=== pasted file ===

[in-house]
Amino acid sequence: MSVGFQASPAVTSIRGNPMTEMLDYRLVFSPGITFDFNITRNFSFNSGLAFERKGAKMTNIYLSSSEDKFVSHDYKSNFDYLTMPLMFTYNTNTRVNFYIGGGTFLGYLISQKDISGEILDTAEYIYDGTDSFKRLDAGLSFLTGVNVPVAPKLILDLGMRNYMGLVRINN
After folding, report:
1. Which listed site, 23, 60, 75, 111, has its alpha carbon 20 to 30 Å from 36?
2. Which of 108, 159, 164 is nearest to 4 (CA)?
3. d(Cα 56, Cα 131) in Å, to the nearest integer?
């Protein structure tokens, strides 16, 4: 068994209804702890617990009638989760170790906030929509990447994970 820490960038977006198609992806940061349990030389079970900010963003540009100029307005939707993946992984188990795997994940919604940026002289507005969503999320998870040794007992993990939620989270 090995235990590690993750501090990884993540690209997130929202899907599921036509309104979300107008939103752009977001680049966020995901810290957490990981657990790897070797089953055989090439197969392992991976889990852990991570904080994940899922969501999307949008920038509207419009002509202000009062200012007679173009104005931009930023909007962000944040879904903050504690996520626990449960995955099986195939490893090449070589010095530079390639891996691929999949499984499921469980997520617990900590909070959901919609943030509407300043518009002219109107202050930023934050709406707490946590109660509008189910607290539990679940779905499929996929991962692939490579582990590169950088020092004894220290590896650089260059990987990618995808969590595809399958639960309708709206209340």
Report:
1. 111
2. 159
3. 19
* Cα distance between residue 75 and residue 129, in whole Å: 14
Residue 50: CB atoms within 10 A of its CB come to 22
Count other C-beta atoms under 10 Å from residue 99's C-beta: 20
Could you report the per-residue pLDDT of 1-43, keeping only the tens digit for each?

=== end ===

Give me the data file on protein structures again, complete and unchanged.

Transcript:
[in-house]
Amino acid sequence: MSVGFQASPAVTSIRGNPMTEMLDYRLVFSPGITFDFNITRNFSFNSGLAFERKGAKMTNIYLSSSEDKFVSHDYKSNFDYLTMPLMFTYNTNTRVNFYIGGGTFLGYLISQKDISGEILDTAEYIYDGTDSFKRLDAGLSFLTGVNVPVAPKLILDLGMRNYMGLVRINN
After folding, report:
1. Which listed site, 23, 60, 75, 111, has its alpha carbon 20 to 30 Å from 36?
2. Which of 108, 159, 164 is nearest to 4 (CA)?
3. d(Cα 56, Cα 131) in Å, to the nearest integer?
């Protein structure tokens, strides 16, 4: 068994209804702890617990009638989760170790906030929509990447994970 820490960038977006198609992806940061349990030389079970900010963003540009100029307005939707993946992984188990795997994940919604940026002289507005969503999320998870040794007992993990939620989270 090995235990590690993750501090990884993540690209997130929202899907599921036509309104979300107008939103752009977001680049966020995901810290957490990981657990790897070797089953055989090439197969392992991976889990852990991570904080994940899922969501999307949008920038509207419009002509202000009062200012007679173009104005931009930023909007962000944040879904903050504690996520626990449960995955099986195939490893090449070589010095530079390639891996691929999949499984499921469980997520617990900590909070959901919609943030509407300043518009002219109107202050930023934050709406707490946590109660509008189910607290539990679940779905499929996929991962692939490579582990590169950088020092004894220290590896650089260059990987990618995808969590595809399958639960309708709206209340």
Report:
1. 111
2. 159
3. 19
* Cα distance between residue 75 and residue 129, in whole Å: 14
Residue 50: CB atoms within 10 A of its CB come to 22
Count other C-beta atoms under 10 Å from residue 99's C-beta: 20
Could you report the per-residue pLDDT of 1-43, keeping only the tens digit for each?